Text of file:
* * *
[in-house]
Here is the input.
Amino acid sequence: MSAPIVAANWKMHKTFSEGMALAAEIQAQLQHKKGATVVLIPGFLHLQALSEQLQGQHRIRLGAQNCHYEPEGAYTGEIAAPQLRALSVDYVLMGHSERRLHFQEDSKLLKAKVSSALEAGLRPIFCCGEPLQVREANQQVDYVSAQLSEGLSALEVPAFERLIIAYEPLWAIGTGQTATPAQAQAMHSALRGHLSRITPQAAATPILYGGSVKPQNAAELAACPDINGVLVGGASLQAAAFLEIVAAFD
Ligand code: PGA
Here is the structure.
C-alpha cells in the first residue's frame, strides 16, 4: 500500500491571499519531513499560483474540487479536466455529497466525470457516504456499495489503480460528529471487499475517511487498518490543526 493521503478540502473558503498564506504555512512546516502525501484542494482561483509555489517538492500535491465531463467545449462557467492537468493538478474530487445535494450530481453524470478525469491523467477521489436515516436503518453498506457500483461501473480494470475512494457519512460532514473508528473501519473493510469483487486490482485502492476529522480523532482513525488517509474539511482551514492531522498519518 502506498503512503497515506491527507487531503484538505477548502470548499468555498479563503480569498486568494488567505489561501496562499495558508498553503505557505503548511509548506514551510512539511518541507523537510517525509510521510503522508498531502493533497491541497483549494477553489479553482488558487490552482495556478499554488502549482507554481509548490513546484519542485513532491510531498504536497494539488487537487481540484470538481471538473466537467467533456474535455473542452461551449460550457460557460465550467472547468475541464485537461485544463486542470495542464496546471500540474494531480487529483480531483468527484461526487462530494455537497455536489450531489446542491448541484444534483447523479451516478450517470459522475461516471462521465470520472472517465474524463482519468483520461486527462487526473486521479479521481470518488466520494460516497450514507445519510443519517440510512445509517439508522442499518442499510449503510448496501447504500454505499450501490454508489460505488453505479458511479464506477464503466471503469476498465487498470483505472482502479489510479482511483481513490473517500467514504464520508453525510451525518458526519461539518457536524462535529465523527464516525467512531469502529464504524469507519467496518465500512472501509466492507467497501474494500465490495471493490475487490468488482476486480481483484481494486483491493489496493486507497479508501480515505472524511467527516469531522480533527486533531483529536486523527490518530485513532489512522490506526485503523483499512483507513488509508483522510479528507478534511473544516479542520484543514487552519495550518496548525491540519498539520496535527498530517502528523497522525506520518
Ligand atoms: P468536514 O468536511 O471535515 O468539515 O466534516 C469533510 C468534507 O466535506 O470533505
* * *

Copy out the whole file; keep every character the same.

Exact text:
[in-house]
Here is the input.
Amino acid sequence: MSAPIVAANWKMHKTFSEGMALAAEIQAQLQHKKGATVVLIPGFLHLQALSEQLQGQHRIRLGAQNCHYEPEGAYTGEIAAPQLRALSVDYVLMGHSERRLHFQEDSKLLKAKVSSALEAGLRPIFCCGEPLQVREANQQVDYVSAQLSEGLSALEVPAFERLIIAYEPLWAIGTGQTATPAQAQAMHSALRGHLSRITPQAAATPILYGGSVKPQNAAELAACPDINGVLVGGASLQAAAFLEIVAAFD
Ligand code: PGA
Here is the structure.
C-alpha cells in the first residue's frame, strides 16, 4: 500500500491571499519531513499560483474540487479536466455529497466525470457516504456499495489503480460528529471487499475517511487498518490543526 493521503478540502473558503498564506504555512512546516502525501484542494482561483509555489517538492500535491465531463467545449462557467492537468493538478474530487445535494450530481453524470478525469491523467477521489436515516436503518453498506457500483461501473480494470475512494457519512460532514473508528473501519473493510469483487486490482485502492476529522480523532482513525488517509474539511482551514492531522498519518 502506498503512503497515506491527507487531503484538505477548502470548499468555498479563503480569498486568494488567505489561501496562499495558508498553503505557505503548511509548506514551510512539511518541507523537510517525509510521510503522508498531502493533497491541497483549494477553489479553482488558487490552482495556478499554488502549482507554481509548490513546484519542485513532491510531498504536497494539488487537487481540484470538481471538473466537467467533456474535455473542452461551449460550457460557460465550467472547468475541464485537461485544463486542470495542464496546471500540474494531480487529483480531483468527484461526487462530494455537497455536489450531489446542491448541484444534483447523479451516478450517470459522475461516471462521465470520472472517465474524463482519468483520461486527462487526473486521479479521481470518488466520494460516497450514507445519510443519517440510512445509517439508522442499518442499510449503510448496501447504500454505499450501490454508489460505488453505479458511479464506477464503466471503469476498465487498470483505472482502479489510479482511483481513490473517500467514504464520508453525510451525518458526519461539518457536524462535529465523527464516525467512531469502529464504524469507519467496518465500512472501509466492507467497501474494500465490495471493490475487490468488482476486480481483484481494486483491493489496493486507497479508501480515505472524511467527516469531522480533527486533531483529536486523527490518530485513532489512522490506526485503523483499512483507513488509508483522510479528507478534511473544516479542520484543514487552519495550518496548525491540519498539520496535527498530517502528523497522525506520518
Ligand atoms: P468536514 O468536511 O471535515 O468539515 O466534516 C469533510 C468534507 O466535506 O470533505